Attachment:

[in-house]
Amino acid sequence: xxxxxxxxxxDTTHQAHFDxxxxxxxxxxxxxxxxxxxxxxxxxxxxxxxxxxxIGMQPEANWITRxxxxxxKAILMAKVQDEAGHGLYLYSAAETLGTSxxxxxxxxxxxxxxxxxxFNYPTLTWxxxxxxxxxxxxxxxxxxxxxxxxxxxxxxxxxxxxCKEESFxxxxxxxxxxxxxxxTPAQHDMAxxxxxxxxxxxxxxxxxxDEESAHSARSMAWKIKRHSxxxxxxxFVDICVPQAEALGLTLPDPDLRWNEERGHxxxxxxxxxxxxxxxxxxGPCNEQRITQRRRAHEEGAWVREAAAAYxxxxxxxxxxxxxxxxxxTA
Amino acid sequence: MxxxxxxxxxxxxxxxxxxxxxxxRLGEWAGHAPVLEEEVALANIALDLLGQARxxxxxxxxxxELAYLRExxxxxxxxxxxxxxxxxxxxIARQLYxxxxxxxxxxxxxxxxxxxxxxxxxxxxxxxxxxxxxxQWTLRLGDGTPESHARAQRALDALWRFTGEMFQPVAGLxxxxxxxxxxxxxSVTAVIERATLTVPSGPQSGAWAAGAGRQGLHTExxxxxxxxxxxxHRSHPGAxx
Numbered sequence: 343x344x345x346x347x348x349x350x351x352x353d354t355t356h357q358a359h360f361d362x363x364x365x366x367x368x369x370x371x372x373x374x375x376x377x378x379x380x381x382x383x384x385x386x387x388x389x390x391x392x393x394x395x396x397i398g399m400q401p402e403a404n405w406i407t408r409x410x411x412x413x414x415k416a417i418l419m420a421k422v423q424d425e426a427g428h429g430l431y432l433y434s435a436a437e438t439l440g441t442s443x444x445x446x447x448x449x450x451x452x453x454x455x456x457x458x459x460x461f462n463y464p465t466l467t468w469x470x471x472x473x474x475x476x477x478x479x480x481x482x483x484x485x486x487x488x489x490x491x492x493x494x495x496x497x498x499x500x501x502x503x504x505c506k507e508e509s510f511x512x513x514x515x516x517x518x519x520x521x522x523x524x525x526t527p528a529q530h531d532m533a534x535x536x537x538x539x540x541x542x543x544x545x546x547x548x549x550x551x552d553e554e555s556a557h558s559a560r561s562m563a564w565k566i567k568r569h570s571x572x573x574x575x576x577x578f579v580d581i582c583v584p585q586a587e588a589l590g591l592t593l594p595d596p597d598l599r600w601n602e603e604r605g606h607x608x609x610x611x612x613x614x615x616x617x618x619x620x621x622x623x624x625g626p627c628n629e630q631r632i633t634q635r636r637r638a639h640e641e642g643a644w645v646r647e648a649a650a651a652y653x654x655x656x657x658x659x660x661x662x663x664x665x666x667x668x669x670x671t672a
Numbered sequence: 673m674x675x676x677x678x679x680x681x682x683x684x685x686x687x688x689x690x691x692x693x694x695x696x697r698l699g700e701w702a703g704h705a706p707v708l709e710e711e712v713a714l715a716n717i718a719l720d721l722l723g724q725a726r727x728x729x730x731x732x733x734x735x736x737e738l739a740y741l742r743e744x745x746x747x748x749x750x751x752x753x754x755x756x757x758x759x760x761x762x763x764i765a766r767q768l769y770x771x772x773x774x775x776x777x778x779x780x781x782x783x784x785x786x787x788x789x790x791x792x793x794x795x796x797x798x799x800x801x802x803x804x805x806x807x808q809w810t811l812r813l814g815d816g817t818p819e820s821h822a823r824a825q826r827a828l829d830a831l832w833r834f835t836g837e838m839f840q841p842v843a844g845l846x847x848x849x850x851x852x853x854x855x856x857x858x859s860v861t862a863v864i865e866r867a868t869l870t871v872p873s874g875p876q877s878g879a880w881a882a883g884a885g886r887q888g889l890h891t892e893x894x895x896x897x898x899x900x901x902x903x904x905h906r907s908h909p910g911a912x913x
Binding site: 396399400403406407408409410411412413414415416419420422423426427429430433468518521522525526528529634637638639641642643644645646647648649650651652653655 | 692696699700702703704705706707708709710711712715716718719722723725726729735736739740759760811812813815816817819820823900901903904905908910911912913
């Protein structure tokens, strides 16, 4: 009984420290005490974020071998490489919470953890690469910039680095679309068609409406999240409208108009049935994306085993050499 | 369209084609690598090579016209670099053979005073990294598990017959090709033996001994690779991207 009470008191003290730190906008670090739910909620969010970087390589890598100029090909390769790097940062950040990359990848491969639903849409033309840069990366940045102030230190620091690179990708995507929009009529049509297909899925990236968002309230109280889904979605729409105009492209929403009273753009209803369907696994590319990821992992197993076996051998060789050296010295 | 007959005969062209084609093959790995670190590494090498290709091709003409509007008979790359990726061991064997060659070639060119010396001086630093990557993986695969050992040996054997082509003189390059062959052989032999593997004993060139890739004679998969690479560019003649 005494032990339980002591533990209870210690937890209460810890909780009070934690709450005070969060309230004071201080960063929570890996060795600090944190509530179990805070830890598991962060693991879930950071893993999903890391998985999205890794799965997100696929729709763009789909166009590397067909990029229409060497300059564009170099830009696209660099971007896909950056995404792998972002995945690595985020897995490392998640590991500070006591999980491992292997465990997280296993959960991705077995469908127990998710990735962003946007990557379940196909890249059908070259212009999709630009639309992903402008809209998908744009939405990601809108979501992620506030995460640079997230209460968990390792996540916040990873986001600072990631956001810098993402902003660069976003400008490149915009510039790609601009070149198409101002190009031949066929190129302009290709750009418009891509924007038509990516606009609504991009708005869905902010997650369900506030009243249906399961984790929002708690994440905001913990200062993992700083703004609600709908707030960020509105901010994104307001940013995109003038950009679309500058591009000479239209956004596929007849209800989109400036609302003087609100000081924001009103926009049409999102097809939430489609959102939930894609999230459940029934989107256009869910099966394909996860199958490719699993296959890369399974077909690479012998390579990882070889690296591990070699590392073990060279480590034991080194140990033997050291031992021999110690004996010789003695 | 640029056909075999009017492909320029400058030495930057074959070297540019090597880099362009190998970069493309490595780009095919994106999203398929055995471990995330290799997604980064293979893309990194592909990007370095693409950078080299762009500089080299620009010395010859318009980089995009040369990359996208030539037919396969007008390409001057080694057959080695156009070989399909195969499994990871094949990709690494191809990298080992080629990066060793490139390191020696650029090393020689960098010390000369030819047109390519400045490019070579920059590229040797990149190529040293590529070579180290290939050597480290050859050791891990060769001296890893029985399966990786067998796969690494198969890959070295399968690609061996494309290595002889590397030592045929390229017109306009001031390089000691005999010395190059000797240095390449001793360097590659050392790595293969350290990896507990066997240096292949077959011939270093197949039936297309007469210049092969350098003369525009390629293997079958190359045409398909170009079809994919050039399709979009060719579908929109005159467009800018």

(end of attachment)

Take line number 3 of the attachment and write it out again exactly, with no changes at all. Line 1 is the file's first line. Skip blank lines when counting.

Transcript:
Amino acid sequence: MxxxxxxxxxxxxxxxxxxxxxxxRLGEWAGHAPVLEEEVALANIALDLLGQARxxxxxxxxxxELAYLRExxxxxxxxxxxxxxxxxxxxIARQLYxxxxxxxxxxxxxxxxxxxxxxxxxxxxxxxxxxxxxxQWTLRLGDGTPESHARAQRALDALWRFTGEMFQPVAGLxxxxxxxxxxxxxSVTAVIERATLTVPSGPQSGAWAAGAGRQGLHTExxxxxxxxxxxxHRSHPGAxx